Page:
Accelerated Share Repurchase: Examples & Program

Instructor: Douglas Stockbridge

DJ Stockbridge is currently pursuing a Masters degree in Accounting.

In this lesson, we'll the look at an example of an accelerated share repurchase (ASR) program. We'll discuss the parties involved, the mechanics of the transaction, and the reasons why a company may embark on such a purchase.

Accelerated Share Repurchase (ASR)

Over the course of a two-month span in the summer of 2015, Mead Johnson Nutrition (MJN) an American-based healthcare company known for Enfamil - a baby formula, experienced a dramatic decline in its market value. From August 7th to September 25th, MJN shares decreased 20%. Shareholders lost approximately $3.4B. The reason for the decline was investors suddenly became nervous about a slight increase in the number of Chinese mothers breastfeeding their babies. More breastfeeding means less Enfamil sales, and less Enfamil sales mean lower profits for MJN shareholders.

This wouldn't have been an issue if China had been a small market for MJN, but the opposite is true. It is one of MJN's most important markets. To support their share price, or to take advantage of what they perceived to be a bargain buying opportunity, MJN's management and Board of Directors authorized an accelerated share repurchase program with Goldman Sachs. They already had a $1.5B share repurchase plan authorized but had not acted on it. Now, they wanted to act fast. They wanted to invest up to $1B in an accelerated share repurchase.

We'll use the example of MJN as we discuss the parties involved in an accelerated share repurchase (ASR). We'll discuss a simple version of its mechanics, and end the discussion by listing some of the reasons why a company may embark on an ASR.

Parties Involved and Mechanics

The parties involved in an ASR include the company, an investment bank, and the investment bank's clients.

In the case of MJN, once their shares decreased substantially and they realized they wanted to repurchase their shares, they had two options:

  1. They could activate their average repurchase program, where they would buy a certain number of shares that traded each day, week, or month.
  2. They could use the accelerated repurchase program by talking with an investment bank and buying a large chunk of shares immediately.

MJN chose the latter approach. Here is a rough depiction of the MJN ASR procedure. MJN first talked to the investment bank (Goldman Sachs) to let them know they wanted to buy a large percent of their shares outstanding to take advantage of the share price's depressed value. The investment bank then set themselves up as the intermediary. They went out and surveyed all their clients who owned MJN. These clients may include wealthy individuals, retail investors in the bank's mutual funds, other companies, or hedge funds. The investment bank wanted to see if they could get enough shareholders that would be willing to lend them their MJN shares for a certain period. Goldman Sachs would then take the borrowed shares and give them to MJN for a certain amount of cash. MJN would then retire the shares, decreasing its shares outstanding.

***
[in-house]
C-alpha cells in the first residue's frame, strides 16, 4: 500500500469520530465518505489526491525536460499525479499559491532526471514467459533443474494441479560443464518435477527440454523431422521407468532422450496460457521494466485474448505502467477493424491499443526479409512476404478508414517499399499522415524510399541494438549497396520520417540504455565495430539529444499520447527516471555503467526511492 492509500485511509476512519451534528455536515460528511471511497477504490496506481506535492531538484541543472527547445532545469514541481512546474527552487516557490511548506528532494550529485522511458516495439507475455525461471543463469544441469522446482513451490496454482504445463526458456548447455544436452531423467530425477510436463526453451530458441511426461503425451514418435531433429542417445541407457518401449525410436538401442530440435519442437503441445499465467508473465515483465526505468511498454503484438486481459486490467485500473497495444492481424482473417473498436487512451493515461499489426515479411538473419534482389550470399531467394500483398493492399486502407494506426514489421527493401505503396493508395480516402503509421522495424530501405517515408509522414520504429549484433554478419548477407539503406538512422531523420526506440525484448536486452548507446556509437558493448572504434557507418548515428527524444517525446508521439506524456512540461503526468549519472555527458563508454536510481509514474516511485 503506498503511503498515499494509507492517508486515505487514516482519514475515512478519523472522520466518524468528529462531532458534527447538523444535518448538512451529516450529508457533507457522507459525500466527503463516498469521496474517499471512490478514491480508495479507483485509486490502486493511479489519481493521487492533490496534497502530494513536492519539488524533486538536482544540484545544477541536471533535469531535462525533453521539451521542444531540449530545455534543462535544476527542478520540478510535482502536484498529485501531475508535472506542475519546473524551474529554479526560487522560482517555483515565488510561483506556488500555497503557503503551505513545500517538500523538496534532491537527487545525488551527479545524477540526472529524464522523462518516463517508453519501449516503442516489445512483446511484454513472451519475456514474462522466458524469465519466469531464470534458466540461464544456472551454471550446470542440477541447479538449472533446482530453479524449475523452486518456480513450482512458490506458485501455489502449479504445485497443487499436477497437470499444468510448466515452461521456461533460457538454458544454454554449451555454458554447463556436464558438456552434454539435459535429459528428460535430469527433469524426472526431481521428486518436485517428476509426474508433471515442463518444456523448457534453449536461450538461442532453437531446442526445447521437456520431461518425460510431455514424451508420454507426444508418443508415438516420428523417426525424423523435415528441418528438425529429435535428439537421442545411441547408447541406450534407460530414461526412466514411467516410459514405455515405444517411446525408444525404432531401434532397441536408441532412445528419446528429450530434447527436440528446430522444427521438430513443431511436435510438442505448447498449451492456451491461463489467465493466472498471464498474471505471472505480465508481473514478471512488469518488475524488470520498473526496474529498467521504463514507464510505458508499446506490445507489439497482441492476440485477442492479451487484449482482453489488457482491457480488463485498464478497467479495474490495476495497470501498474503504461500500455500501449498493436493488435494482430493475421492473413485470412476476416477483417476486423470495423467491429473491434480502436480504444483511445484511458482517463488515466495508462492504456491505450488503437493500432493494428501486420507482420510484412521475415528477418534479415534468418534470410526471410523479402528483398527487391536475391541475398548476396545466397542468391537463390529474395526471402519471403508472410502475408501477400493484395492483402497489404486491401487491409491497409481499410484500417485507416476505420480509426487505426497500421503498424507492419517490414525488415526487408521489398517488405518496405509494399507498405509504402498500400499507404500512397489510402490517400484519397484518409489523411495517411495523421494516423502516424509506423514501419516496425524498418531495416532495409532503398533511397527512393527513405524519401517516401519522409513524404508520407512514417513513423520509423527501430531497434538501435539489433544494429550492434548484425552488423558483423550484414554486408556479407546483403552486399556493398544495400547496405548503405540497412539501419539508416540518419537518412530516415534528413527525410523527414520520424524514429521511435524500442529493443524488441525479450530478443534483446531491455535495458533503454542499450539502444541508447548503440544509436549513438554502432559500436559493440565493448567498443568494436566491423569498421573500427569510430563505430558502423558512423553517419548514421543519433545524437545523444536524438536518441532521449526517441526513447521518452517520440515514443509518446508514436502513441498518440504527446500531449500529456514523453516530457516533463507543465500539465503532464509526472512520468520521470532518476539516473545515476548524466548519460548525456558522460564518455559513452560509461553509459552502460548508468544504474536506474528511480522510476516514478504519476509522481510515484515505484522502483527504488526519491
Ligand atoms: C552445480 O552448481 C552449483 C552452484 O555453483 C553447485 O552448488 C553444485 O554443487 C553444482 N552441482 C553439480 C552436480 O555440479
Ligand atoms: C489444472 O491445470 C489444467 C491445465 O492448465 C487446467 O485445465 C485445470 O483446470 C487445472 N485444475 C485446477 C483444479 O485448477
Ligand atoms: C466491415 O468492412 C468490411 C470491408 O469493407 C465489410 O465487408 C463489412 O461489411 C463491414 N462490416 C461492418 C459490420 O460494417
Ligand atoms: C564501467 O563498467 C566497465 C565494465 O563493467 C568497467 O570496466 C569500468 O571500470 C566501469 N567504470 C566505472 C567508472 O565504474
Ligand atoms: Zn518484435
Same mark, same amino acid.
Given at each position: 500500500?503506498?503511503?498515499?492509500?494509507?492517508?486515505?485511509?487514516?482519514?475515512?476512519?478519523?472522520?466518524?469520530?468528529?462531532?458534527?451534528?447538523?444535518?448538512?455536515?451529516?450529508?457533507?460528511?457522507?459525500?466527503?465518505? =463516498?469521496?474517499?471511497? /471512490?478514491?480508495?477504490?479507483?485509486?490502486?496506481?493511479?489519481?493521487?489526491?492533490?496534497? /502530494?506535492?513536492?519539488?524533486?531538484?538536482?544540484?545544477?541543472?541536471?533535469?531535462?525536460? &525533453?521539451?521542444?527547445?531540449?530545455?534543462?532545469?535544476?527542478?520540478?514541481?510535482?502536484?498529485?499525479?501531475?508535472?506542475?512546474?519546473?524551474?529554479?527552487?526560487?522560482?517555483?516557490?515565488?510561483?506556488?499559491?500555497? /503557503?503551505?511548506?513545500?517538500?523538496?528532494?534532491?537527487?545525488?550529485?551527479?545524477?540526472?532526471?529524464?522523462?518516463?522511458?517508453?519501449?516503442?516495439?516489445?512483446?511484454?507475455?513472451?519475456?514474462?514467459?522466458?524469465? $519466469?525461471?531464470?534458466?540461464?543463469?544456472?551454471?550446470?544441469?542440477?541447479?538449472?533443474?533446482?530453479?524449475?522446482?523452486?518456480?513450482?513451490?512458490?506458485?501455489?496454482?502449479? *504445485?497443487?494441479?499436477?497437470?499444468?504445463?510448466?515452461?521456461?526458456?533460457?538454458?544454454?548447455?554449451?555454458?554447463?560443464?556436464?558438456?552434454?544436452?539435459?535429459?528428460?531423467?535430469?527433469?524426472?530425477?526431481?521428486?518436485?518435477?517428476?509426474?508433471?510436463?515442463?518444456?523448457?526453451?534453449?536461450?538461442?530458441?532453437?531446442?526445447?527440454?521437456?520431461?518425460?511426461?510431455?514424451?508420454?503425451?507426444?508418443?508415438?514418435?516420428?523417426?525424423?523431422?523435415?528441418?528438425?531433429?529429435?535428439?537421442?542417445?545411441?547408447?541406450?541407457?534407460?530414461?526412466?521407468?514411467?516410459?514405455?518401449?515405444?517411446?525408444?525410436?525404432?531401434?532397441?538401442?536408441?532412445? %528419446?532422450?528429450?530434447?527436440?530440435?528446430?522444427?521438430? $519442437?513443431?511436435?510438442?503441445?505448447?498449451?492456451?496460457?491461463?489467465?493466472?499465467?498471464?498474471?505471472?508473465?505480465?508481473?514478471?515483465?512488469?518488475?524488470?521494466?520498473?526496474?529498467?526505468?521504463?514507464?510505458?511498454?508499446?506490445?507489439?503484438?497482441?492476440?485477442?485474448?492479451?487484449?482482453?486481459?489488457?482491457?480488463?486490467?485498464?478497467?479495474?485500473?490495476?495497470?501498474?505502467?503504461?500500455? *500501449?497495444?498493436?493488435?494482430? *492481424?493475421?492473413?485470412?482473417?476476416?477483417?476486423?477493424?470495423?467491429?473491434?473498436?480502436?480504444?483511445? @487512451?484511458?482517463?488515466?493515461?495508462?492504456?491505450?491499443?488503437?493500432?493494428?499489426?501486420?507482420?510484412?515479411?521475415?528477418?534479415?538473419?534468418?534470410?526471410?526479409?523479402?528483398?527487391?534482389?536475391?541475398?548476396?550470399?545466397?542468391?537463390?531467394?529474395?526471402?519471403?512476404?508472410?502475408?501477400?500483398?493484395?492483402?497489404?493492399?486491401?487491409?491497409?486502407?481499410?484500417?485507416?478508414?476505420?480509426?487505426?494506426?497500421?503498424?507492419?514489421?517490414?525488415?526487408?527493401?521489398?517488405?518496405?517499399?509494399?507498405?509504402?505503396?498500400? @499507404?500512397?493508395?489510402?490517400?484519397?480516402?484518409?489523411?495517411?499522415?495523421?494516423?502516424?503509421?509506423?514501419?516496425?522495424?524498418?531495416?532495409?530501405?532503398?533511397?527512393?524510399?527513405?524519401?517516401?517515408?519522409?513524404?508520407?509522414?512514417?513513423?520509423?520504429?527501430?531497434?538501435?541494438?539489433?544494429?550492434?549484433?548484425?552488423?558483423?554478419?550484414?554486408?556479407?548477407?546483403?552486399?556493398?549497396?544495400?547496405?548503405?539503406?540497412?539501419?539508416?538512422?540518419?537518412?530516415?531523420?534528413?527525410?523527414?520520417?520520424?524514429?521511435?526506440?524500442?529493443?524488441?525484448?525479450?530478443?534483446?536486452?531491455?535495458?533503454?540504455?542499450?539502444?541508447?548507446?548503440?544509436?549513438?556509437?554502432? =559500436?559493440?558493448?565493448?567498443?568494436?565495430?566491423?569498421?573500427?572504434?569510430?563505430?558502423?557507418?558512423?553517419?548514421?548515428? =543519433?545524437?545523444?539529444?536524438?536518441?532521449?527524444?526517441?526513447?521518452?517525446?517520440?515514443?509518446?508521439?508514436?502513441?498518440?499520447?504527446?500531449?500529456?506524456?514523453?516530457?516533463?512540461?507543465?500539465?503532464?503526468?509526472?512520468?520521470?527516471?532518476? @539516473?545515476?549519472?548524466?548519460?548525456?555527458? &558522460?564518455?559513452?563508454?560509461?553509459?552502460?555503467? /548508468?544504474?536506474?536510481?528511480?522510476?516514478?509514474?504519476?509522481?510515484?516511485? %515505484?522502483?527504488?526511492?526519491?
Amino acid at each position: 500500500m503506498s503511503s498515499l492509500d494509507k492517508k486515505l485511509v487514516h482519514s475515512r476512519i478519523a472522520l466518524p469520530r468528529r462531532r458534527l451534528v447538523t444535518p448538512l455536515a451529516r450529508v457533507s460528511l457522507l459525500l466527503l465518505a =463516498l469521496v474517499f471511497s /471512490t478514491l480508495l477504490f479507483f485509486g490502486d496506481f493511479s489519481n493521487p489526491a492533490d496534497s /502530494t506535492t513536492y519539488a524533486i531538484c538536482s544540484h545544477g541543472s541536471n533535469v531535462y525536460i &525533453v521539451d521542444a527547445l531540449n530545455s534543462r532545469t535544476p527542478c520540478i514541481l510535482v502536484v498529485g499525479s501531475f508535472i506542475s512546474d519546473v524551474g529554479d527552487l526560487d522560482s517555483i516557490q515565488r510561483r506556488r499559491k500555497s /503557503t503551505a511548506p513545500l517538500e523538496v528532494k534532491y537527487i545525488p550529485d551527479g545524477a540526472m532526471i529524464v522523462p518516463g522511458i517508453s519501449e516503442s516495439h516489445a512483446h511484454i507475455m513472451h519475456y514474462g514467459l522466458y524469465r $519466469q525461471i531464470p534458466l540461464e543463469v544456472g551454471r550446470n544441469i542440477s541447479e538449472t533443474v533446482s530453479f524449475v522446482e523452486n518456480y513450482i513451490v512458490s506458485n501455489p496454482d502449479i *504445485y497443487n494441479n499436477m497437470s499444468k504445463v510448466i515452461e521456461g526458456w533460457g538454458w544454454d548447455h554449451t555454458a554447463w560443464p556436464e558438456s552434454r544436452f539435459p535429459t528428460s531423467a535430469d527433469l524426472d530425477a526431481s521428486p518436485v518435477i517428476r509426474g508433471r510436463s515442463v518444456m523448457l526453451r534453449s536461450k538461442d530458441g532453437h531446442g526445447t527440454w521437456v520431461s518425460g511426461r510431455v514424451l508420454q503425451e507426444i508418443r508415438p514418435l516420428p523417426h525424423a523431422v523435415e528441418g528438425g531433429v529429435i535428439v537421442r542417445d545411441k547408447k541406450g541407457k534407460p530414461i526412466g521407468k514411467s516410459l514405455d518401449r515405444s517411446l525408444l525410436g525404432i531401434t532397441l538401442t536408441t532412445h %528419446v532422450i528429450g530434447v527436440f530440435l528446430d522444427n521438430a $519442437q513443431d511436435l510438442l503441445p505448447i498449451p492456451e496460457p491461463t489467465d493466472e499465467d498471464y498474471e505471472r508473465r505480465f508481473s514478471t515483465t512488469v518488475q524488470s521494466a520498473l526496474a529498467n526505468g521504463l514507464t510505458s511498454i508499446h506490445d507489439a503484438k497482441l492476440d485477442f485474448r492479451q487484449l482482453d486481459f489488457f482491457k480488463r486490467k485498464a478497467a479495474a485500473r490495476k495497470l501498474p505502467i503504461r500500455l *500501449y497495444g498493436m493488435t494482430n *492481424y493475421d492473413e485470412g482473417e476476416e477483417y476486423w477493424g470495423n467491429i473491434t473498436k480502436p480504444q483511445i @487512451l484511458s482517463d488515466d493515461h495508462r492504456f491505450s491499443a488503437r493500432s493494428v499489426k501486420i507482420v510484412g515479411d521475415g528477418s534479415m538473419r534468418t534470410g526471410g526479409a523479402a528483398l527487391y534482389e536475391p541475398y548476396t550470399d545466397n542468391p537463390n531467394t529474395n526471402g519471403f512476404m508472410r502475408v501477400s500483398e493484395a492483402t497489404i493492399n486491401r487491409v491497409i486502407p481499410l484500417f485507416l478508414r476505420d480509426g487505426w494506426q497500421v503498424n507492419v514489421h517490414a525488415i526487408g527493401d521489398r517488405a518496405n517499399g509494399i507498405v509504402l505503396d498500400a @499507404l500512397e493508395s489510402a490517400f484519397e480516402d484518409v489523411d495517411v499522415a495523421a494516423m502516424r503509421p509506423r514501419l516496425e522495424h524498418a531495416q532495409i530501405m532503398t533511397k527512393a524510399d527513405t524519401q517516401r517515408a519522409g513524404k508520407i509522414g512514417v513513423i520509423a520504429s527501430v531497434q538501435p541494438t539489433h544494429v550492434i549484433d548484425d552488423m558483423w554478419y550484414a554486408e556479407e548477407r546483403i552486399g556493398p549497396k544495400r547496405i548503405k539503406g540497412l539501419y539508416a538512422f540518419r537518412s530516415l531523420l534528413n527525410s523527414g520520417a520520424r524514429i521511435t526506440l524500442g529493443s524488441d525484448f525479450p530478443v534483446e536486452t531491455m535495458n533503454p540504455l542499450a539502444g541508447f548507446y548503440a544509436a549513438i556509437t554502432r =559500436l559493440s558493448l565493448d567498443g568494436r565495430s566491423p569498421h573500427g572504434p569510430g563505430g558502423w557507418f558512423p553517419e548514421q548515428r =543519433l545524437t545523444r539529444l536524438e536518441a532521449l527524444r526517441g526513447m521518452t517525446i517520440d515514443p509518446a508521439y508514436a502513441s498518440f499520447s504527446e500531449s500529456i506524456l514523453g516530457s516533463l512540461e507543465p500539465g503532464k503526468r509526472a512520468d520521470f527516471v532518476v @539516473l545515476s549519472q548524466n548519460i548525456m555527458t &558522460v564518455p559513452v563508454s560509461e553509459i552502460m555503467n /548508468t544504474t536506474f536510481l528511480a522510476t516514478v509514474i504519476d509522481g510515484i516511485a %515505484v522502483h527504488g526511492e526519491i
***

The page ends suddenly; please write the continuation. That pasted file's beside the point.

Once this happened, the investment bank needed to buy back MJN shares on the public market and return those shares to their owners. But, this can be a difficult task because they will likely need to buy the shares at a higher price then they price they borrowed them for.

Once MJN publicly announced their intention to buy back many shares, the share price may increase because:

  1. Each share will represent a higher percentage of the company's earnings.
  2. Investors may see it as a sign that management thinks the shares are currently undervalued.

So, Goldman Sachs may need to pay a high price for the shares. Therefore, MJN gave Goldman Sachs a little bit of extra cash at the time the deal was initiated.

MJN gave Goldman Sachs $1B in cash to receive an initial delivery of 10.7M shares, or the equivalent of 85% of the number of shares of the company that could be purchased at that current market price. The extra 15% x $1B = $150M was compensation for Goldman Sachs to buy back shares on the open market in the preceding months at higher prices. As they bought the shares, they returned them back to their original shareholders.

Reasons for an ASR

There are several reasons a company may decide to accelerate their share repurchase program:

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